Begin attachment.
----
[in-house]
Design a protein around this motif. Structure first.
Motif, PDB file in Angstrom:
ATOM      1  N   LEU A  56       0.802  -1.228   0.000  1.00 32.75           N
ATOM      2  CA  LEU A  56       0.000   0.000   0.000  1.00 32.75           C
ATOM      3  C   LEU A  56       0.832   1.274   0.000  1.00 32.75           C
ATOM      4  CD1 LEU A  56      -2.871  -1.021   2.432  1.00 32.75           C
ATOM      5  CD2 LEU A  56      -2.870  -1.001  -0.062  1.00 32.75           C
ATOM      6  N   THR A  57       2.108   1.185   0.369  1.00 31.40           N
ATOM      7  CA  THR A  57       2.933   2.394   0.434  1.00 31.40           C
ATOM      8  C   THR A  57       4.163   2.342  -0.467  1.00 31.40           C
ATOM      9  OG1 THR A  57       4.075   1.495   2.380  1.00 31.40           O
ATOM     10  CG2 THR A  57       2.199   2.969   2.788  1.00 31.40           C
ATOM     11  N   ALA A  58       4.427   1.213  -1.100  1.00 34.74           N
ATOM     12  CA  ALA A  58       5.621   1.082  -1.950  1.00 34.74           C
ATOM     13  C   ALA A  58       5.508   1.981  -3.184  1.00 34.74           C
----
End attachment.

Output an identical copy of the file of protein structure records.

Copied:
[in-house]
Design a protein around this motif. Structure first.
Motif, PDB file in Angstrom:
ATOM      1  N   LEU A  56       0.802  -1.228   0.000  1.00 32.75           N
ATOM      2  CA  LEU A  56       0.000   0.000   0.000  1.00 32.75           C
ATOM      3  C   LEU A  56       0.832   1.274   0.000  1.00 32.75           C
ATOM      4  CD1 LEU A  56      -2.871  -1.021   2.432  1.00 32.75           C
ATOM      5  CD2 LEU A  56      -2.870  -1.001  -0.062  1.00 32.75           C
ATOM      6  N   THR A  57       2.108   1.185   0.369  1.00 31.40           N
ATOM      7  CA  THR A  57       2.933   2.394   0.434  1.00 31.40           C
ATOM      8  C   THR A  57       4.163   2.342  -0.467  1.00 31.40           C
ATOM      9  OG1 THR A  57       4.075   1.495   2.380  1.00 31.40           O
ATOM     10  CG2 THR A  57       2.199   2.969   2.788  1.00 31.40           C
ATOM     11  N   ALA A  58       4.427   1.213  -1.100  1.00 34.74           N
ATOM     12  CA  ALA A  58       5.621   1.082  -1.950  1.00 34.74           C
ATOM     13  C   ALA A  58       5.508   1.981  -3.184  1.00 34.74           C